Liz Edman’s book is not another worn-out argument in the “gay debate.” It is a breath of fresh air for Christians everywhere. Biggest takeaway: God continuously queers our dividing lines on behalf of love. If we profess that God is love, but our churches have no place for all God’s children–every vibrant color and flavor of the rainbow, whether straight, gay, transgender, addicted, healed, full of joy, or suicidal–we have missed the point of the Gospel. It is time for the church of Jesus to own our story and live our love.
Have you ever wondered how to live a more grace-filled life? If so, you’ve come to the right place. The mission of the Grace is Messy Community is to love beyond the labels. To love God and everyone we come in contact with, no matter their race, color, religion, creed, disability, or sexual orientation. It’s a safe place for you to come and share your story of a messy life: past, present, and future. A messy life, redeemed by radical, messy, unconditional Grace.
Have you ever wondered how to live a more grace-filled life? If so, you’ve come to the right place. God loves you just as you are, and not as you should be, because you will never be as you should be. ~Brennan Manning What is messy grace? People ask me that all the time. Most […]
My buddy Morgan Guyton has written a new book, How Jesus Saves the World from Us: 12 Antidotes to Toxic Christianity. Morgan is the director of the NOLA Wesley Foundation, the United Methodist campus ministry at Tulane and Loyola University in New Orleans. He also blogs regularly on Mercy Not Sacrifice.
Morgan and I have become friends through our writing and sharing struggles. I can tell you this: Morgan is the real deal. A stand-up guy, a smart Christian, and so transparent in his own faith and humanity.
Here’s what Morgan says about How Jesus Saves the World from Us:
“Christianity has always been about being saved. But today what Christians need saving from most is the toxic understanding of salvation we’ve received through bad theology. The loudest voices in Christianity today sound exactly like the religious authorities who crucified Jesus.”
I was fortunate enough to have the chance to ask Morgan a few questions.
For years, I have said my struggle is not knowing what I believe about homosexuality and Christianity. But that’s a lie. My struggle has been more about my own fear of being kicked out of fellowship in the Bible Belt for being willing to defend gay people. I have been afraid to come out and say I believe all people were created by a God who loves us all the same. My struggle has been admitting that what you do behind closed doors in the privacy of your own bedroom with someone you love deeply and are committed to is none of my business.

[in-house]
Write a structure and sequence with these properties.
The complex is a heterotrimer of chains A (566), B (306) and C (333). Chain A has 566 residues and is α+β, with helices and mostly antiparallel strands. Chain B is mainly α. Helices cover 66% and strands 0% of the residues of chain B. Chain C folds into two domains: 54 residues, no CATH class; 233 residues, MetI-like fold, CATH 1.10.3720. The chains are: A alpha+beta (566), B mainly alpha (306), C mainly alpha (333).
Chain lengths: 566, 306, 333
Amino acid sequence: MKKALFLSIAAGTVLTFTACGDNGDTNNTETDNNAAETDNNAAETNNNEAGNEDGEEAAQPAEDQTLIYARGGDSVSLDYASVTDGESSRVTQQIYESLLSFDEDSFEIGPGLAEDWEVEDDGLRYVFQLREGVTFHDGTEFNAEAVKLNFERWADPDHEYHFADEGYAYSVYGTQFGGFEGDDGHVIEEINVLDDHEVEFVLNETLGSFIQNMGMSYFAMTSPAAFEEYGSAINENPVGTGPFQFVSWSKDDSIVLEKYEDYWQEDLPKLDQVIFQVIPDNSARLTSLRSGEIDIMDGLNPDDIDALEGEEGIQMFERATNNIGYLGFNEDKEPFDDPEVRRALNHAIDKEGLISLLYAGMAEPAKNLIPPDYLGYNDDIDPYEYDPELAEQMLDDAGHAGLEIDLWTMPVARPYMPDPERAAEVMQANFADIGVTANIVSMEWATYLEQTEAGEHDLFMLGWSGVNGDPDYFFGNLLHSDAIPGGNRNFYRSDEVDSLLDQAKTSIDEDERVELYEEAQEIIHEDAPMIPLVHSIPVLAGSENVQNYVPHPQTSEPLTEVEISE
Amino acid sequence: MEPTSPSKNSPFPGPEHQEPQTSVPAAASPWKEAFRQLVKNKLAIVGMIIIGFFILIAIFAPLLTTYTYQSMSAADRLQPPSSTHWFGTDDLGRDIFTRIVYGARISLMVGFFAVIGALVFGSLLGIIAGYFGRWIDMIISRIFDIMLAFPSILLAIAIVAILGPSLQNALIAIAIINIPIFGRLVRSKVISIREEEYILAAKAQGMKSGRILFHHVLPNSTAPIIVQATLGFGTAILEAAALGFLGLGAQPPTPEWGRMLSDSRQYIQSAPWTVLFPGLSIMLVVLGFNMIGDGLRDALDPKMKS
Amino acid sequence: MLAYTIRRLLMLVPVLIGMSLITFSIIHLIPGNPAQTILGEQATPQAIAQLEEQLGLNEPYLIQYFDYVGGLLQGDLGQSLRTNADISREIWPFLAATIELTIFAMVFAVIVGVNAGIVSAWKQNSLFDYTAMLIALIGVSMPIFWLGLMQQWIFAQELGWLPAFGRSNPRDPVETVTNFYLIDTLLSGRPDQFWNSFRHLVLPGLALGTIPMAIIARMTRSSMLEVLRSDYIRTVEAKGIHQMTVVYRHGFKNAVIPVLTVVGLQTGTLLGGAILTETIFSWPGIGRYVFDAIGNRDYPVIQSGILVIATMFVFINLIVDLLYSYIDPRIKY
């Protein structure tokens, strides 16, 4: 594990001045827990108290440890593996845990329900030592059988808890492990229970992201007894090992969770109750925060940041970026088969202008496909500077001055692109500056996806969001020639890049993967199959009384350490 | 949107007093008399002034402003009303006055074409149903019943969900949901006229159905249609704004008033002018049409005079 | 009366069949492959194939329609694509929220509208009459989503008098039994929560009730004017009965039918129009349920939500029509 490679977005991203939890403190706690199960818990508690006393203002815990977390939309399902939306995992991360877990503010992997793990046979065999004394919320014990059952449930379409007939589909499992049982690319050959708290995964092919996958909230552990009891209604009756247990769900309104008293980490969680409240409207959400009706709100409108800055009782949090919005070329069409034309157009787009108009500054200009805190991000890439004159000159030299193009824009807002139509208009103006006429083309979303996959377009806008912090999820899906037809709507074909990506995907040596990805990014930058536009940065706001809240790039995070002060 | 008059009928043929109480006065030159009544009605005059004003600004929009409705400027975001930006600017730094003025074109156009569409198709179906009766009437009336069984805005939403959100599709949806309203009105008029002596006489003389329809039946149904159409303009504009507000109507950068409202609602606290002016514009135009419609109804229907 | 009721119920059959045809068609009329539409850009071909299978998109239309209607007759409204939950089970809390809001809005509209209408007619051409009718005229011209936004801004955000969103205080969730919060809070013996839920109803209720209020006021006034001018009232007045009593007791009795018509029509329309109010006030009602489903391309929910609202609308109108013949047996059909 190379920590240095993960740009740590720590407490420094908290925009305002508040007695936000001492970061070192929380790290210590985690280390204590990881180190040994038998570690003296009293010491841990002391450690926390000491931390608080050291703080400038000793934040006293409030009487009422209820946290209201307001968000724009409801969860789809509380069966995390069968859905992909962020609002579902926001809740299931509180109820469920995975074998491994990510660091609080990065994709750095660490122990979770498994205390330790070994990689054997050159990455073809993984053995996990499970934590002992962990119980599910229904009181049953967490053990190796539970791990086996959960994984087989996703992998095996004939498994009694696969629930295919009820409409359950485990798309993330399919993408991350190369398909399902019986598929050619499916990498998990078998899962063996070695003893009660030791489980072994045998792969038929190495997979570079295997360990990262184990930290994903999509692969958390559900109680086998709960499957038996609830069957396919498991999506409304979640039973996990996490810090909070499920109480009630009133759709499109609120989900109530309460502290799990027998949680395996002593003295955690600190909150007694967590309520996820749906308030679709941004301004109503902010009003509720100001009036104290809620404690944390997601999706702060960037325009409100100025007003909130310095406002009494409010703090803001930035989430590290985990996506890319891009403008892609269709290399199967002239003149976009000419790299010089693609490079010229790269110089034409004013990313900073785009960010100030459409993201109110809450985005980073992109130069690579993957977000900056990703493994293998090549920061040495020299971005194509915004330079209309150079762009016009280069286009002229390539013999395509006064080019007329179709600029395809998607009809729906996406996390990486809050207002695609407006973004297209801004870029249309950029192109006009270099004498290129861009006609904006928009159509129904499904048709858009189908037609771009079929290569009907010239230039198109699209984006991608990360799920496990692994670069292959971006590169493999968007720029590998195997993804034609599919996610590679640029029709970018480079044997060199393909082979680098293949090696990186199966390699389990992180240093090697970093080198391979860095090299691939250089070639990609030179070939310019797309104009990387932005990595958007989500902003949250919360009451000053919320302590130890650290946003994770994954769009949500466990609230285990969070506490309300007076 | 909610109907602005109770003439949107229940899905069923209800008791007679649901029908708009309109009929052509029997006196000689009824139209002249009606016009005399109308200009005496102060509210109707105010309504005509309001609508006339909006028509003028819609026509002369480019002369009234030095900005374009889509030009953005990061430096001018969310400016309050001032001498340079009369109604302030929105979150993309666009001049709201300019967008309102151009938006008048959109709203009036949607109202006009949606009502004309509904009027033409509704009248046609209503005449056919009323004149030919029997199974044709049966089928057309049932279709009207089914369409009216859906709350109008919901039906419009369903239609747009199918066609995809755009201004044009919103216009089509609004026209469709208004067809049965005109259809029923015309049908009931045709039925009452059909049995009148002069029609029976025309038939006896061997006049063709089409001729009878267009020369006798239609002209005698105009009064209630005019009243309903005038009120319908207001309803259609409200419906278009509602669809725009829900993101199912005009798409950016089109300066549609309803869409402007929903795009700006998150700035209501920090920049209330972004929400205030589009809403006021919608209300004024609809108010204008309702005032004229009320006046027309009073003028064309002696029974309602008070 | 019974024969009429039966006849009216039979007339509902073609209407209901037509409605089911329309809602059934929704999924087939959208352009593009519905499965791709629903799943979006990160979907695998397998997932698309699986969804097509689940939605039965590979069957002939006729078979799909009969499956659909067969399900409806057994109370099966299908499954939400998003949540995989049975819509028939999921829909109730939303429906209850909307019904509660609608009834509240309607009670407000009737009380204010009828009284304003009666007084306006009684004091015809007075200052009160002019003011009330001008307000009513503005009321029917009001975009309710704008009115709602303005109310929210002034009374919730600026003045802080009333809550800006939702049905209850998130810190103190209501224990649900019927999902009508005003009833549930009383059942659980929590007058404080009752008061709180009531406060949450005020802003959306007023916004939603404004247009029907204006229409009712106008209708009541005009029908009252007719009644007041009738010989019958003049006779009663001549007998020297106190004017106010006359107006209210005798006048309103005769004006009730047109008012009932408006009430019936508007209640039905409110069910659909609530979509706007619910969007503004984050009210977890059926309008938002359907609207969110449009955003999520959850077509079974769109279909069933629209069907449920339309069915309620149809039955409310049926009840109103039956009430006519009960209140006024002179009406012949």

For many years, I wondered why my personal times with God were often so different from the public experiences others seemed to have. I think it was the abuse. Alone with God was the only place I felt safe enough to fall apart. I spent the first thirty years of my life performing on and off the stage, but I longed to believe that God only wanted the most raw, unfiltered parts of my heart. I needed a God who was powerful and protective, not loud and showy. I longed to feel God the Father, wrapping me in his arms, whispering, “You’re safe here.”
Have you ever been cut off by a friend? I don’t mean moving away and slowly disconnecting. I am talking about a sharp, intentional separation, from friendship to…not.
It’s happened to me twice in the past six months. I get it. I’ve been become more vocal than ever in sharing honestly who I am, who I want to be, and what I believe. I am learning to be vulnerable, but that doesn’t make me invincible. The pain of losing a true friend cuts deep. In both situations, I lost a friend I had shared deep parts of my soul with– both past sins and future dreams. They were kind of friends you’d lend money or drop everything to rescue from the side of the highway. Vacations with your families kind of friendships. And now they are over.
Why? One word I have grown to hate…